No one has hours to scour the papers to keep up with the latest news, so we’ve curated the top news stories in the field of Forensic Science for this week. Here’s what you need to know to get out the door!
Indiana senators voted Thursday to allow DNA swabs to be taken upon a person’s felony arrest rather than conviction, sending the measure to Gov. Eric Holcomb after opponents argued during the floor debate that the change is unconstitutional.
DNA evidence and an attentive state trooper helped find the man authorities believe killed a New York City woman last summer who was out jogging near her mother’s Massachusetts home, authorities said Saturday.
The Louisiana State Police Crime Lab is preparing to expand its criminal DNA testing to include a controversial technique known as familial searching, a tool that could breathe new life into aging cold cases by identifying close relatives of suspects.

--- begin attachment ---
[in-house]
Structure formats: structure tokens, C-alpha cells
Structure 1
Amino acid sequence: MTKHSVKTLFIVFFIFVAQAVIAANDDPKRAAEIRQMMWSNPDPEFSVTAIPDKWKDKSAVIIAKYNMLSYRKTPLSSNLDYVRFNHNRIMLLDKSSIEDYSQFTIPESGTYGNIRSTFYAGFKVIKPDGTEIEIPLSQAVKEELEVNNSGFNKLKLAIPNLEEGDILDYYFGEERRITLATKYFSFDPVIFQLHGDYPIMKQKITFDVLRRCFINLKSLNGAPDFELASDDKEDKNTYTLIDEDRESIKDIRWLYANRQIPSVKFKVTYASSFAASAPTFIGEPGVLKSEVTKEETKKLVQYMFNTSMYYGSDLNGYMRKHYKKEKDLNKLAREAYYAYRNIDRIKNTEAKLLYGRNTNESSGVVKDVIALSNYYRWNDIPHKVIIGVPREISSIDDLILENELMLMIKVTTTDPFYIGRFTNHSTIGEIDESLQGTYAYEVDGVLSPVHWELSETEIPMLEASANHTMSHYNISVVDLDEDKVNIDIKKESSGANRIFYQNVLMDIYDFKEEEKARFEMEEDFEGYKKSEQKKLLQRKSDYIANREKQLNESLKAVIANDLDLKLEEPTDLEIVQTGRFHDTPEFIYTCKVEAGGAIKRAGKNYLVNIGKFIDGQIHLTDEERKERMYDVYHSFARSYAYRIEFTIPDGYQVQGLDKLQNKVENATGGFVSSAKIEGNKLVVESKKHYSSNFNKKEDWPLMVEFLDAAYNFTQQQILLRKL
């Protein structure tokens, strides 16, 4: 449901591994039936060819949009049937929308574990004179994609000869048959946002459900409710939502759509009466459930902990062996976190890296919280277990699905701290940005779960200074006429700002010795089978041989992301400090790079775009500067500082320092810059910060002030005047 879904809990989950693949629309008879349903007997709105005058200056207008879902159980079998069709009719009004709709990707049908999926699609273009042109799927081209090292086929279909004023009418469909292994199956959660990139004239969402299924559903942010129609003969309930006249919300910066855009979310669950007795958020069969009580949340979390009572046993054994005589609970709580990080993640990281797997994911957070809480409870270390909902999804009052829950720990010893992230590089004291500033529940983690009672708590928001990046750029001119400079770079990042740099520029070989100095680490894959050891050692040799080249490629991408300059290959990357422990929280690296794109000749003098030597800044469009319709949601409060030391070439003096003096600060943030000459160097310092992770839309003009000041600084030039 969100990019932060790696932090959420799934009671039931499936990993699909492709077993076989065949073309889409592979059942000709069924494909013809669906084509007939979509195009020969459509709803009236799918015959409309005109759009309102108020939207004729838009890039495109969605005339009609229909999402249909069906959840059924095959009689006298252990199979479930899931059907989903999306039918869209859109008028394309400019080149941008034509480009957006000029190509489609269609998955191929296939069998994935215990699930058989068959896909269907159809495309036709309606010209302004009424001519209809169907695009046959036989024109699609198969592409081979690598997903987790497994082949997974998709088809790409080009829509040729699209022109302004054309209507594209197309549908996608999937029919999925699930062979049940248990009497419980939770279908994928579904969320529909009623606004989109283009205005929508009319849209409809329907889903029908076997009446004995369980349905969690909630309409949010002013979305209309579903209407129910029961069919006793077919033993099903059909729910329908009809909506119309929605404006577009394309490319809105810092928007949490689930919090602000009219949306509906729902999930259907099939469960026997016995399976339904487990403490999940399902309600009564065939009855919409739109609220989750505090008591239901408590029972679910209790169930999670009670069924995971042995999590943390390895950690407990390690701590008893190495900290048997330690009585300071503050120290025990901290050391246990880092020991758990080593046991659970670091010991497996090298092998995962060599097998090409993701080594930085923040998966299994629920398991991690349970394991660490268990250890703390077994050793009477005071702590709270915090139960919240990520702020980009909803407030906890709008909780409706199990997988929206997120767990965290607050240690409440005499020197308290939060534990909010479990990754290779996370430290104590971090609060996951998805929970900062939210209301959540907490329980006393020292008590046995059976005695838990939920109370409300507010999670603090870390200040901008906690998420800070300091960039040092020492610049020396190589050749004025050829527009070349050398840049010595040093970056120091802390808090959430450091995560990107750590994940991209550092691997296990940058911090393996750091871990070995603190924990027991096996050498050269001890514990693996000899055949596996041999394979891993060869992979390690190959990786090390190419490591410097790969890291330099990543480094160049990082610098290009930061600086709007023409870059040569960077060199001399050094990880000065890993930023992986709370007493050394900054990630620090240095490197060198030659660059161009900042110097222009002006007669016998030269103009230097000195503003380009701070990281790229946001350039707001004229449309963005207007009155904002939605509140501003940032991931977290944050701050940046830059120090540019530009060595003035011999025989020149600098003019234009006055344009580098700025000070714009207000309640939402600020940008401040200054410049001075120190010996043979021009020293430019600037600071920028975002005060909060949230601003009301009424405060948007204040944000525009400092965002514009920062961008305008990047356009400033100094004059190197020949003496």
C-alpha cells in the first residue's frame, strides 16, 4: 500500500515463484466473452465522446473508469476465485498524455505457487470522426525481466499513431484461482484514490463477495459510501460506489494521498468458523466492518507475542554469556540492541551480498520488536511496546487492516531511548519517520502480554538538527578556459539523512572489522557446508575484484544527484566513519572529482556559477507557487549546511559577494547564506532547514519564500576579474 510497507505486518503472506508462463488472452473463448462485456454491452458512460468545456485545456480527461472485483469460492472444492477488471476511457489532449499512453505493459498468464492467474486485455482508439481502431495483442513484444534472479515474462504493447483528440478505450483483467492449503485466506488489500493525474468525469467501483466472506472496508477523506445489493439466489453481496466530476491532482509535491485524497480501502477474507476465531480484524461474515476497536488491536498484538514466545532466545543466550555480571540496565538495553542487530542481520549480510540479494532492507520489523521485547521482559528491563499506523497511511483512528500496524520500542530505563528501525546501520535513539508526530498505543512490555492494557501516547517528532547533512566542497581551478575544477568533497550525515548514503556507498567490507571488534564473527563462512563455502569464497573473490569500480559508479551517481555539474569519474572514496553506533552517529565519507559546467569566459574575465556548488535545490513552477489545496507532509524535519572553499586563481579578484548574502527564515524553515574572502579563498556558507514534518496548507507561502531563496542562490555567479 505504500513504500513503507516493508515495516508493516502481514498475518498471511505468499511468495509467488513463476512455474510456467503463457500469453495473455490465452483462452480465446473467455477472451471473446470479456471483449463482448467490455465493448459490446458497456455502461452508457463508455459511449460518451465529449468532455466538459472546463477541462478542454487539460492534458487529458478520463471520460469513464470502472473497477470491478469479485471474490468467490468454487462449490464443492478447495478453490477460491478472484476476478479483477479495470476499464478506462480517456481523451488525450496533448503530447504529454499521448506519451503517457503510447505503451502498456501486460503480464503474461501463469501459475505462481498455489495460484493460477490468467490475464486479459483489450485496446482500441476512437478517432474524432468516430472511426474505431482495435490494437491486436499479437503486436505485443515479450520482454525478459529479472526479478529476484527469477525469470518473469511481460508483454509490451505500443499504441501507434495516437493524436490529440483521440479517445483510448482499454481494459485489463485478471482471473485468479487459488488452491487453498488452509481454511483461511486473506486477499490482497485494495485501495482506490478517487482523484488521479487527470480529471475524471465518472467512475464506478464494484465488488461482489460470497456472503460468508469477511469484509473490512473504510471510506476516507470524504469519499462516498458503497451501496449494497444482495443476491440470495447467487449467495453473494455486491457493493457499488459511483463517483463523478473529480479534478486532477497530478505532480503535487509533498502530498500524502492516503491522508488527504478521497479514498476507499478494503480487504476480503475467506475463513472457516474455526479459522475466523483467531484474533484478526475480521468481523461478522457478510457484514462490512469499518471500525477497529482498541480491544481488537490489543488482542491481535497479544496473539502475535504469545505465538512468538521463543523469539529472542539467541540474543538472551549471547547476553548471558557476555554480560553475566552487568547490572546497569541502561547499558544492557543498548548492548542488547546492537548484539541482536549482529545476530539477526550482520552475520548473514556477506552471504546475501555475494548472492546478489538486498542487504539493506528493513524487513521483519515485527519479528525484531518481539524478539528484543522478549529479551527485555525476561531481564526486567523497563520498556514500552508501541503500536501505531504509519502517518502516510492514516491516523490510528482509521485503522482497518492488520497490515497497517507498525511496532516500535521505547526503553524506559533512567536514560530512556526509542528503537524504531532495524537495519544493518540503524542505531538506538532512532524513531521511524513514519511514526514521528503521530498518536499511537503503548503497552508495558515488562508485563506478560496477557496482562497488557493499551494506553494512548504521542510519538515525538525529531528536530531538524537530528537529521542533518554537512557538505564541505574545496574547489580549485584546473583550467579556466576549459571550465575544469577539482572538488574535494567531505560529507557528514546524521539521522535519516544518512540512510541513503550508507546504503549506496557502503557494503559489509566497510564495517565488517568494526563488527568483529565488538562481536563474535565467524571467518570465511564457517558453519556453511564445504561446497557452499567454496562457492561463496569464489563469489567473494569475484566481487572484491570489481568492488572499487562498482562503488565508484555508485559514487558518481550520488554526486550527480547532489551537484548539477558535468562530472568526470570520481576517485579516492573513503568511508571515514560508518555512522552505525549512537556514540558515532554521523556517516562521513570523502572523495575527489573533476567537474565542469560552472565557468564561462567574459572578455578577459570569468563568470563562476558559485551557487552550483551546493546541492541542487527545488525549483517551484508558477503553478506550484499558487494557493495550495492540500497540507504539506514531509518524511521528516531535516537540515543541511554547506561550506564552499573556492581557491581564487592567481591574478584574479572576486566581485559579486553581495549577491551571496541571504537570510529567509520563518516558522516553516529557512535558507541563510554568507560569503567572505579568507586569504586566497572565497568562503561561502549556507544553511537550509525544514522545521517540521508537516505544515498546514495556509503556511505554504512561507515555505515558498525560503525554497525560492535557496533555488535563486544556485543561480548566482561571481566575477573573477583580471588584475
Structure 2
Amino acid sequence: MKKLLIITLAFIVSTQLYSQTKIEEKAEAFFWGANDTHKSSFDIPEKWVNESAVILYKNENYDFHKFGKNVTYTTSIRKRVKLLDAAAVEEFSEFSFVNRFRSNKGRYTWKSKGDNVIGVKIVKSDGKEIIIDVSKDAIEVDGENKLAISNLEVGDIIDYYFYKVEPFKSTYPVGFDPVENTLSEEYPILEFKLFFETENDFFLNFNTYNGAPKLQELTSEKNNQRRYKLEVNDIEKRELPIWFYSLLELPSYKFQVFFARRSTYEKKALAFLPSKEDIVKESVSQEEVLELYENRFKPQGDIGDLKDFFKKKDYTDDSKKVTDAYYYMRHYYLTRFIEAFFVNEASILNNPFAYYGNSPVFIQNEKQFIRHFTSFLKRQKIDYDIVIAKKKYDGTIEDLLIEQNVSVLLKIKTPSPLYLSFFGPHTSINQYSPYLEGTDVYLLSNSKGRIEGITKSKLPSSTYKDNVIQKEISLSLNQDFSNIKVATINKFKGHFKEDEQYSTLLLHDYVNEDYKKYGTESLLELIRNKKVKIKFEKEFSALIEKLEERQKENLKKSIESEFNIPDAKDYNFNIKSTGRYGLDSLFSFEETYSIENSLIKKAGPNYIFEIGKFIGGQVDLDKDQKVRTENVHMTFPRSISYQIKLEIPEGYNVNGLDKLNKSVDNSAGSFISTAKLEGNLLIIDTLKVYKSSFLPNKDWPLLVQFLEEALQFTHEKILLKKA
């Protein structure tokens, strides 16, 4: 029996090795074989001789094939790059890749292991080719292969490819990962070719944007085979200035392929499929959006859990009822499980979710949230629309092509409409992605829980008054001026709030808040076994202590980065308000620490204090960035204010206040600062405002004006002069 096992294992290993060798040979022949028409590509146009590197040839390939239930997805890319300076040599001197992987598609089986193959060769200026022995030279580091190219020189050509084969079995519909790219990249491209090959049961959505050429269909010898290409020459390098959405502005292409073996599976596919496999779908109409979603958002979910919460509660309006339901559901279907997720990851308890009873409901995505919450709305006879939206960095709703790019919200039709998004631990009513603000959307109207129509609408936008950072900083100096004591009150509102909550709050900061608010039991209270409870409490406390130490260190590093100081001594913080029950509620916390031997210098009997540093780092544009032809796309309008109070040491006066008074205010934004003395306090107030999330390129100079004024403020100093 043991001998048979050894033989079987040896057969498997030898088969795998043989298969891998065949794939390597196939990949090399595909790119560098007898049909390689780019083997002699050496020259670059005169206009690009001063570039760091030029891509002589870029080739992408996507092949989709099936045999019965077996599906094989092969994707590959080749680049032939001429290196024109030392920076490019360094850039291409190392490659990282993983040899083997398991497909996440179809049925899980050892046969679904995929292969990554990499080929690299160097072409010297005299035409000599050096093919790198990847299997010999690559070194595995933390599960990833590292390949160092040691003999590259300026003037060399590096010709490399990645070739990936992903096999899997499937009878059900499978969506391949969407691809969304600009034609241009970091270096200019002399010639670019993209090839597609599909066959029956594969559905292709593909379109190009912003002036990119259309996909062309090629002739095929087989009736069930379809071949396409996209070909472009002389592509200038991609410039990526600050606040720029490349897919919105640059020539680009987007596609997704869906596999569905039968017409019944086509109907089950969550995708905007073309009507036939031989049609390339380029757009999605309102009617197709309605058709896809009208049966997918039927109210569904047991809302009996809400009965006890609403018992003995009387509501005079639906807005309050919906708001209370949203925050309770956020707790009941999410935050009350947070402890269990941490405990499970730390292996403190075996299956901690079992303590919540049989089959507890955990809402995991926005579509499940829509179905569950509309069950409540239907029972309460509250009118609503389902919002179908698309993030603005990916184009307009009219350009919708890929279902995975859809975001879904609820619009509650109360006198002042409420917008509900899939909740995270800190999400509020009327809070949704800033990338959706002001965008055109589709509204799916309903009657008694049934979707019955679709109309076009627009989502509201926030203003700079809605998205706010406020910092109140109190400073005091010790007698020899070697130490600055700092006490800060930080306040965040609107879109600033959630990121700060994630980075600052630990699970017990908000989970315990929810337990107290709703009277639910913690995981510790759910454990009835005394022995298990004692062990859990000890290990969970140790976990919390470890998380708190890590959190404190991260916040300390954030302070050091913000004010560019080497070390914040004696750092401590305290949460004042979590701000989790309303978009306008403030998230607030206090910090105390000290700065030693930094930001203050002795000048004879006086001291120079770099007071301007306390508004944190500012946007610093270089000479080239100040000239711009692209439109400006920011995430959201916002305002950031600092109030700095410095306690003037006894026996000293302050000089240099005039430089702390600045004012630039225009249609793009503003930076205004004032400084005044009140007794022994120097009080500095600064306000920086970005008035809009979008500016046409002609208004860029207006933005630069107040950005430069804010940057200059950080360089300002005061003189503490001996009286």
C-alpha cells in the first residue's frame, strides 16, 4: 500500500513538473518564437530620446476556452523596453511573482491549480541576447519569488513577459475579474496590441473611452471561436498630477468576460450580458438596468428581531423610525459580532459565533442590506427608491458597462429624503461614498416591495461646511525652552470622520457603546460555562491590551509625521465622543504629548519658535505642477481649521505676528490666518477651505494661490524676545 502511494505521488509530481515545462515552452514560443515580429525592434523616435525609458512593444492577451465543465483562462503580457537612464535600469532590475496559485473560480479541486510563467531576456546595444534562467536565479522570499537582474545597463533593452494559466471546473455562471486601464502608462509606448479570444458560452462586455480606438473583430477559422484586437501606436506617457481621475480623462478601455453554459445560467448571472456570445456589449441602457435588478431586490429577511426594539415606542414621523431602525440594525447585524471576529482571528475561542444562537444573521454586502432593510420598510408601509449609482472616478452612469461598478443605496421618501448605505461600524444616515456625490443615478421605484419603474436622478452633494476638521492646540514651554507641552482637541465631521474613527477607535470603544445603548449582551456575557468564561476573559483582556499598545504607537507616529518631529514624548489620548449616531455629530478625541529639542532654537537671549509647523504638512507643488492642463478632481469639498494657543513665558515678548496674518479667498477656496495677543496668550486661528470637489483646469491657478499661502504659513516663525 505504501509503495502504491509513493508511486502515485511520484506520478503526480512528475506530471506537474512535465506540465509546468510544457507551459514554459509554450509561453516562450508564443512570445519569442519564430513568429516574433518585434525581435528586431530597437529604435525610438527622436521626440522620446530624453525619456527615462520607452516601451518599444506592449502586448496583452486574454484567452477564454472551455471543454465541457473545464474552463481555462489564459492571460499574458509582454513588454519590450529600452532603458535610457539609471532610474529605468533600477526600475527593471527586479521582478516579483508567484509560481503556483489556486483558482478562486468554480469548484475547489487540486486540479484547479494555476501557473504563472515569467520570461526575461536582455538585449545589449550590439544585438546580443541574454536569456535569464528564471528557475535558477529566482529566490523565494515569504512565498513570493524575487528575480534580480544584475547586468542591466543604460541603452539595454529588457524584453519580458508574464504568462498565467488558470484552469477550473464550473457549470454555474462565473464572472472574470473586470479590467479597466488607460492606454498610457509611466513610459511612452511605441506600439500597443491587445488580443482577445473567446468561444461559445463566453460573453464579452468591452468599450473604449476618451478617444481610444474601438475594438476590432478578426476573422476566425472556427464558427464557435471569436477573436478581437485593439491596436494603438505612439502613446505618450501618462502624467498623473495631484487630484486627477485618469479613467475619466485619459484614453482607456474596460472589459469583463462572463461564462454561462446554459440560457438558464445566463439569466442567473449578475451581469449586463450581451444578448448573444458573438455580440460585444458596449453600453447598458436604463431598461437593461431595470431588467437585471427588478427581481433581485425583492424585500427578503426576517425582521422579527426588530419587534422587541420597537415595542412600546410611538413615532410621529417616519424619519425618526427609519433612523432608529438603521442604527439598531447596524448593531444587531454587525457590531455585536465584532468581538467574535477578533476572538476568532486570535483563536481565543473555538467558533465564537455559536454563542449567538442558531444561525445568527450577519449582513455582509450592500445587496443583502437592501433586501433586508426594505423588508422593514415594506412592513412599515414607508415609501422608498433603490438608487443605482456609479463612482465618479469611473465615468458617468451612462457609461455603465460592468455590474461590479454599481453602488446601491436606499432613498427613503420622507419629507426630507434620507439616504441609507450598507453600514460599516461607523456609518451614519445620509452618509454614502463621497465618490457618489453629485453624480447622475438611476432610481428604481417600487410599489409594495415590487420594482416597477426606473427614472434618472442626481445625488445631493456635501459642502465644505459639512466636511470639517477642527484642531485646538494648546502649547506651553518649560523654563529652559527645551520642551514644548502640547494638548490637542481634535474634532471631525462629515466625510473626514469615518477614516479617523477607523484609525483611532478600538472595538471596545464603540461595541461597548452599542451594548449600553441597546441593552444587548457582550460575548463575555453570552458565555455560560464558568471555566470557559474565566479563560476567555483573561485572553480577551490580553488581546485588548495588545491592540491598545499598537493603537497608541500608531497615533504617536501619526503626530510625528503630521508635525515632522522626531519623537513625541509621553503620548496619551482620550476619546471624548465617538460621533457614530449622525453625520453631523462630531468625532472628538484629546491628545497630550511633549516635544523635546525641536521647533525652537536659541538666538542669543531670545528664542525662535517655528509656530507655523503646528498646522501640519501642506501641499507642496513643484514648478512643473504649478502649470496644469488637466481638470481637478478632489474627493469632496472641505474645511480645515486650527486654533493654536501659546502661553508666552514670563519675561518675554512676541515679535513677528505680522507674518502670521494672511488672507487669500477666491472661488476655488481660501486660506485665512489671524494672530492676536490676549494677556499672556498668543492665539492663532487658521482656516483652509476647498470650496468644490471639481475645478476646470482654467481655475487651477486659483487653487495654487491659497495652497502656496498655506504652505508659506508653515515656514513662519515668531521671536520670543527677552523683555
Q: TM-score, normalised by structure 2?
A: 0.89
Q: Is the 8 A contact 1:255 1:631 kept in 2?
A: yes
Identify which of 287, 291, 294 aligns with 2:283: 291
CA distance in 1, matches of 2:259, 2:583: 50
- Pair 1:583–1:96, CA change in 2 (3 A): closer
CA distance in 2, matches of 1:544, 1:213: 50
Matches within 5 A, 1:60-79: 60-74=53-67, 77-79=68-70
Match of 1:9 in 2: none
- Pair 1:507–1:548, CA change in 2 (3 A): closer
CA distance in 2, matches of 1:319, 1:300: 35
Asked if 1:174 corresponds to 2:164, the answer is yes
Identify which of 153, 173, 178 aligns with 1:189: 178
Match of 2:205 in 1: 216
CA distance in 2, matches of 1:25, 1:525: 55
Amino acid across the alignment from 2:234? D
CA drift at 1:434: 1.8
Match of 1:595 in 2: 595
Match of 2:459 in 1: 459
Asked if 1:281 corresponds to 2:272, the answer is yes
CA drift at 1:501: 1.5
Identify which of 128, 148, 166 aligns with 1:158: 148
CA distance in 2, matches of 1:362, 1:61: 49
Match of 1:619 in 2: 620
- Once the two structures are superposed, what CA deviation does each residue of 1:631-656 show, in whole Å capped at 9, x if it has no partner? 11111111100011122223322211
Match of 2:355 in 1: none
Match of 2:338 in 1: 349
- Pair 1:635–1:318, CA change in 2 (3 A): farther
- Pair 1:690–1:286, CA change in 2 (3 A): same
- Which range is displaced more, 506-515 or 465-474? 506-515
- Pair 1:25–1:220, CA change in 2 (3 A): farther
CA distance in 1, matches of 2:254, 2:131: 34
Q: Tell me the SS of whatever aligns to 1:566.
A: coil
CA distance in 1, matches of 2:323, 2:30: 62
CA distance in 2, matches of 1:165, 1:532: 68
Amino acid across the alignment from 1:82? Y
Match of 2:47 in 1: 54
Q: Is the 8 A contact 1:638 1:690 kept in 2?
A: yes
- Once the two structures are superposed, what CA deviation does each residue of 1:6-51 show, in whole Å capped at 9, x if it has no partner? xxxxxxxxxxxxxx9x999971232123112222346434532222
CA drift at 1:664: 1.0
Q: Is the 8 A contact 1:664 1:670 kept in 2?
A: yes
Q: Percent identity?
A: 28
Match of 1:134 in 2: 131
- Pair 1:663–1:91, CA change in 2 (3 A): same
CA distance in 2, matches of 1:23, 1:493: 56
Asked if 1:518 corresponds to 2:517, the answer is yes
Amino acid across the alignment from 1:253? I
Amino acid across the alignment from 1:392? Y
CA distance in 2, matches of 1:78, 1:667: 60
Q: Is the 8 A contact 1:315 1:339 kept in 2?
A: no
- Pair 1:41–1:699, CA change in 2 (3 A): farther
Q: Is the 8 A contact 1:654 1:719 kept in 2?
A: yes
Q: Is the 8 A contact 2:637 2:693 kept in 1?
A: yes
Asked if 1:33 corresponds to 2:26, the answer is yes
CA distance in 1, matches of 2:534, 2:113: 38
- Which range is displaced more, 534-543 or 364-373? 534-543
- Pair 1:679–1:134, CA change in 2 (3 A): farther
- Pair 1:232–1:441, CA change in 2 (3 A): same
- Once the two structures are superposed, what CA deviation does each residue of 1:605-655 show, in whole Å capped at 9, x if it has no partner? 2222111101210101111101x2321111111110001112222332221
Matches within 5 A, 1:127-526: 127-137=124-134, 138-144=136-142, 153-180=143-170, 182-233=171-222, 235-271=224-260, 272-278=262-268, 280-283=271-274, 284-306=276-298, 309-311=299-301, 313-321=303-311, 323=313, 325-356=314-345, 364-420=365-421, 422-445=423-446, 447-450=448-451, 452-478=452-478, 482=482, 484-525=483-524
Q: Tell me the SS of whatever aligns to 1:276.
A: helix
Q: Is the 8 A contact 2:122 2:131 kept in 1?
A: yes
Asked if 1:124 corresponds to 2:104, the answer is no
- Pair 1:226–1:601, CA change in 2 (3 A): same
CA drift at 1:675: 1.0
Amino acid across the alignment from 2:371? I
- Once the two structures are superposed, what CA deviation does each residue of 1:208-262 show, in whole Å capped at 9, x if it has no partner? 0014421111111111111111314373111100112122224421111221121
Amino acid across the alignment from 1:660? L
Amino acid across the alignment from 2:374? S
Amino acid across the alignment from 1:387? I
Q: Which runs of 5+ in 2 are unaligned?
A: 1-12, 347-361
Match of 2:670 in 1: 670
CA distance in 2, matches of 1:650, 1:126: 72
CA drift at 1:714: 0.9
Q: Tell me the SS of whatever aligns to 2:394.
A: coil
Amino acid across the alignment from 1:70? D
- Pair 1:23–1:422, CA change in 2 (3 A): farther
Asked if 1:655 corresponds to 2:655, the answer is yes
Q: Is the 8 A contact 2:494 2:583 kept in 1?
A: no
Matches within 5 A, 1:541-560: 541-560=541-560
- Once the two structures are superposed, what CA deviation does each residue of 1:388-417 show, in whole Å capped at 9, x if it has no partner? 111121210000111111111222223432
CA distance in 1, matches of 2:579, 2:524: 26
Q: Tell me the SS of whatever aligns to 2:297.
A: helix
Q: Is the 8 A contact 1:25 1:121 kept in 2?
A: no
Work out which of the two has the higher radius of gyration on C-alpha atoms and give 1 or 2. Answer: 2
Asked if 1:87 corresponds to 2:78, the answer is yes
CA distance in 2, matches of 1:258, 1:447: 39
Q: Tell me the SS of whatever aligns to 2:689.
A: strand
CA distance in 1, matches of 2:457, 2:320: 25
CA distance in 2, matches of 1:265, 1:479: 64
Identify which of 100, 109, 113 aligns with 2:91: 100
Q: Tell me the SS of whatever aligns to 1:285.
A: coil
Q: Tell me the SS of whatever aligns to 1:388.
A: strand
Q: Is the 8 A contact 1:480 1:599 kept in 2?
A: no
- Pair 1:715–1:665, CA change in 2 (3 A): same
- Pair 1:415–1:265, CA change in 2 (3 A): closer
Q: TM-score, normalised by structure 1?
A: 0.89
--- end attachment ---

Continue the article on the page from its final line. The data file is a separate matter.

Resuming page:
On Law and Order: Special Victims Unit, Mariska Hargitay (as Lieutenant Olivia Benson) has worked tirelessly to get justice for the hundreds of sexual assault and rape survivors who have entered Manhattan’s Special Victims Unit. In real life, Hargitay fights for survivors, too, by bringing attention to the hundreds of thousands of untested rape kits in police evidence rooms across the country.
Science and the law are not natural partners. Science seeks to advance our understanding of the natural world. The law is tasked with ensuring public safety and making sure justice is properly served. Over time, science became another tool available to the legal system to pursue those goals.
This is the type of forensic analysis Chinnici performs in her laboratory—the Northeast Wildlife DNA Laboratory at East Stroudsburg University (Pennsylvania)—under the tutelage of Distinguished Professor of Biology Dr. Jane Huffman. Wildlife forensics applies scientifically analyzed evidence to public discourses on legal issues involving wild animals.
WOULD YOU LIKE TO SEE MORE ARTICLES LIKE THIS? SUBSCRIBE TO THE ISHI BLOG BELOW!